It’s that time of the year when the air turns crisp and cold, and when snow begins to blanket the ground and delight people of all ages.The travel industry is back and booming, which means we can bust out some surprising facts about air the aviation industry. The history of air travel and aviators is fascinating; here’s some fun facts about aviation in modern times.
The use of navigational lights has been standardized over the last century, which is helpful for safety and understanding between different types of transportation workers. Airplanes actually have the same type of navigational lights as water vessels.
All types of planes and ships will have these lights, no matter the size or purpose of the vehicle. The port light will be red, and the starboard light will be green to signal to others the position of the plane or boat. There also exists a white flashing light to signal when aircrafts are on the move.
There’s a rich history of pioneers and courageous aviator’s in the history of flight, but the first commercial flight actually took place on New Year’s Day in the year 1914. The flight was only thirty-four kilometers long, a simple trek across Tampa Bay in Florida.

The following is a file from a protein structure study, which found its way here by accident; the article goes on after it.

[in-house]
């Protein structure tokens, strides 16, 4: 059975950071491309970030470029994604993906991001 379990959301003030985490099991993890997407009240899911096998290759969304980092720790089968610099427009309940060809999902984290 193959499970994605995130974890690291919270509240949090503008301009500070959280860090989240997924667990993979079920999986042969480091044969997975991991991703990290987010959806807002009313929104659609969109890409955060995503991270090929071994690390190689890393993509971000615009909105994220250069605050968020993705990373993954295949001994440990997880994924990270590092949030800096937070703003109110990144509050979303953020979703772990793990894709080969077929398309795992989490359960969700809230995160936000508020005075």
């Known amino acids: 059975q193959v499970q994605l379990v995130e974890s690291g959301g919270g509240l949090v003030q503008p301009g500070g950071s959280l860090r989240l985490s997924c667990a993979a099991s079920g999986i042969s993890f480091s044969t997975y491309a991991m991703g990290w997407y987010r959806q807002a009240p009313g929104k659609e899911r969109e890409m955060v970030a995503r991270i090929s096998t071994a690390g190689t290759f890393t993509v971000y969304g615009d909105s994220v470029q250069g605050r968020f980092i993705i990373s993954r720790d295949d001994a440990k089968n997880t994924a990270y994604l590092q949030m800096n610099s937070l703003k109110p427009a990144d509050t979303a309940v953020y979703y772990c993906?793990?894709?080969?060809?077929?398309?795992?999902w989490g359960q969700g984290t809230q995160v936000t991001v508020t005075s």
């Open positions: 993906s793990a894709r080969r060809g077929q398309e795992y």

The first passenger on this flight was actually the mayor of St. Petersburg, Abram C. Pheil. The plane used was actually closer to a flying boat and attracted a large crowd at its landing point.The record for shortest transatlantic flight was set by Concorde on a flight from New York City to London in 1983. The flight was finished in less than three hours – two hours and fifty-six minutes to be exact.It was a one-way flight carrying passengers on business. The flight’s time was streamlined by a great weather conditions and a direct route taken by the pilots. The Concorde may have been blisteringly fast, but it has nothing on the Lockheed SR-17. This manned jet is the fastest in the world and has held this record since 1976. The jet can fly at speeds of over 2,193 miles per hour, or just over thirty-five hundred kilometers per hour.
It’s actually a type of military spy plane, orbiting the Earth at around eighty-five thousand feet at incendiary speeds. The jet was developed in the 1960s but deployed in the early 70s. It was designed to be fast enough to outfly missiles!
Although many planes had made it “around the world” by 1986, the Rutan Model 76 Voyager was the first to do so without stopping or needing refueling even once during the flight.The plane was actually homebuilt and housed seventeen separate fuel tanks; it took off from California on December 14th and landed nine days later, on December 23rd, a day before Christmas Eve. There were four Collier Trophies, the most prestigious award in aviation, awarded for the flight: two to the pilots, one to the designer, and one to the crew chief.